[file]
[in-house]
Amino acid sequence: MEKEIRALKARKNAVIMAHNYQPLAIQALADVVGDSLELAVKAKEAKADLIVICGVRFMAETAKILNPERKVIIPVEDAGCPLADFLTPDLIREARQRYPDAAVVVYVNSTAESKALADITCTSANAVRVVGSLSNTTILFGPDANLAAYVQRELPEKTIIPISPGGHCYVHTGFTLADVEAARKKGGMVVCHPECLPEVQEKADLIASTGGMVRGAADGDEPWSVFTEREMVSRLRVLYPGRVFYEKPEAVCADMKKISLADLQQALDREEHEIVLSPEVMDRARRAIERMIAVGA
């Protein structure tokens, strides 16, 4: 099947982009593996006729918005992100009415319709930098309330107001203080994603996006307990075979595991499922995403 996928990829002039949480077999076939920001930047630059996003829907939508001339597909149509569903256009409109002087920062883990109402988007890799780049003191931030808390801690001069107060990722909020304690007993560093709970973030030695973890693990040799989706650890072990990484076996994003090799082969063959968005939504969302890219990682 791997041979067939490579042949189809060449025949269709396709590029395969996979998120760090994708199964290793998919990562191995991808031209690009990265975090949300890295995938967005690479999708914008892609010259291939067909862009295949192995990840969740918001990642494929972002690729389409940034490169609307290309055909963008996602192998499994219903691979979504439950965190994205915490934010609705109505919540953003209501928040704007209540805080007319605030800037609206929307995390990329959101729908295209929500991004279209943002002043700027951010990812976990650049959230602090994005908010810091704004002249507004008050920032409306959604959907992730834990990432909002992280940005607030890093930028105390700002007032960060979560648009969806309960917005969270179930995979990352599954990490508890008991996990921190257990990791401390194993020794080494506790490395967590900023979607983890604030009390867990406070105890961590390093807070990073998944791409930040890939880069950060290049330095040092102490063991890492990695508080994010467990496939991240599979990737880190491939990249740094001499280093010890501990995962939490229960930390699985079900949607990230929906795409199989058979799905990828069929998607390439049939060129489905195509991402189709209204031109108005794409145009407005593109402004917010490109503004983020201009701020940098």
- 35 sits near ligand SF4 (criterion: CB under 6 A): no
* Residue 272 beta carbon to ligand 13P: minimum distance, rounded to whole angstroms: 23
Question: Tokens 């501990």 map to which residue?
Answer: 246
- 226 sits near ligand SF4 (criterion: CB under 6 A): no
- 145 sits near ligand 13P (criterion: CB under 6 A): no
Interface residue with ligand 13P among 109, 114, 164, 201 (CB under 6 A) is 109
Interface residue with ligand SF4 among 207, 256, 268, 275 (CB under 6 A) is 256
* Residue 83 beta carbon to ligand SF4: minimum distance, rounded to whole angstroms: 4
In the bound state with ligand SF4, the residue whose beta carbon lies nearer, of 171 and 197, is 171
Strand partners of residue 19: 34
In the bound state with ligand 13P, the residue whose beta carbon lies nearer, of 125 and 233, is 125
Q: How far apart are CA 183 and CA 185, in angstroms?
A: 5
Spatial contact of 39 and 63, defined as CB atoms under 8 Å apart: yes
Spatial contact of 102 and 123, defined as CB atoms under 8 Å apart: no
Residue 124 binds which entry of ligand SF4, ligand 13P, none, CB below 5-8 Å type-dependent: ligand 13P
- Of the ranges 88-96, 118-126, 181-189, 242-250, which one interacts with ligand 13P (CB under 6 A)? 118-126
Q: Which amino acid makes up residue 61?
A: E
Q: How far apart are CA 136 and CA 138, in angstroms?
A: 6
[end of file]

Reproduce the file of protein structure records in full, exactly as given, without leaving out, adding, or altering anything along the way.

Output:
[in-house]
Amino acid sequence: MEKEIRALKARKNAVIMAHNYQPLAIQALADVVGDSLELAVKAKEAKADLIVICGVRFMAETAKILNPERKVIIPVEDAGCPLADFLTPDLIREARQRYPDAAVVVYVNSTAESKALADITCTSANAVRVVGSLSNTTILFGPDANLAAYVQRELPEKTIIPISPGGHCYVHTGFTLADVEAARKKGGMVVCHPECLPEVQEKADLIASTGGMVRGAADGDEPWSVFTEREMVSRLRVLYPGRVFYEKPEAVCADMKKISLADLQQALDREEHEIVLSPEVMDRARRAIERMIAVGA
């Protein structure tokens, strides 16, 4: 099947982009593996006729918005992100009415319709930098309330107001203080994603996006307990075979595991499922995403 996928990829002039949480077999076939920001930047630059996003829907939508001339597909149509569903256009409109002087920062883990109402988007890799780049003191931030808390801690001069107060990722909020304690007993560093709970973030030695973890693990040799989706650890072990990484076996994003090799082969063959968005939504969302890219990682 791997041979067939490579042949189809060449025949269709396709590029395969996979998120760090994708199964290793998919990562191995991808031209690009990265975090949300890295995938967005690479999708914008892609010259291939067909862009295949192995990840969740918001990642494929972002690729389409940034490169609307290309055909963008996602192998499994219903691979979504439950965190994205915490934010609705109505919540953003209501928040704007209540805080007319605030800037609206929307995390990329959101729908295209929500991004279209943002002043700027951010990812976990650049959230602090994005908010810091704004002249507004008050920032409306959604959907992730834990990432909002992280940005607030890093930028105390700002007032960060979560648009969806309960917005969270179930995979990352599954990490508890008991996990921190257990990791401390194993020794080494506790490395967590900023979607983890604030009390867990406070105890961590390093807070990073998944791409930040890939880069950060290049330095040092102490063991890492990695508080994010467990496939991240599979990737880190491939990249740094001499280093010890501990995962939490229960930390699985079900949607990230929906795409199989058979799905990828069929998607390439049939060129489905195509991402189709209204031109108005794409145009407005593109402004917010490109503004983020201009701020940098």
- 35 sits near ligand SF4 (criterion: CB under 6 A): no
* Residue 272 beta carbon to ligand 13P: minimum distance, rounded to whole angstroms: 23
Question: Tokens 């501990």 map to which residue?
Answer: 246
- 226 sits near ligand SF4 (criterion: CB under 6 A): no
- 145 sits near ligand 13P (criterion: CB under 6 A): no
Interface residue with ligand 13P among 109, 114, 164, 201 (CB under 6 A) is 109
Interface residue with ligand SF4 among 207, 256, 268, 275 (CB under 6 A) is 256
* Residue 83 beta carbon to ligand SF4: minimum distance, rounded to whole angstroms: 4
In the bound state with ligand SF4, the residue whose beta carbon lies nearer, of 171 and 197, is 171
Strand partners of residue 19: 34
In the bound state with ligand 13P, the residue whose beta carbon lies nearer, of 125 and 233, is 125
Q: How far apart are CA 183 and CA 185, in angstroms?
A: 5
Spatial contact of 39 and 63, defined as CB atoms under 8 Å apart: yes
Spatial contact of 102 and 123, defined as CB atoms under 8 Å apart: no
Residue 124 binds which entry of ligand SF4, ligand 13P, none, CB below 5-8 Å type-dependent: ligand 13P
- Of the ranges 88-96, 118-126, 181-189, 242-250, which one interacts with ligand 13P (CB under 6 A)? 118-126
Q: Which amino acid makes up residue 61?
A: E
Q: How far apart are CA 136 and CA 138, in angstroms?
A: 6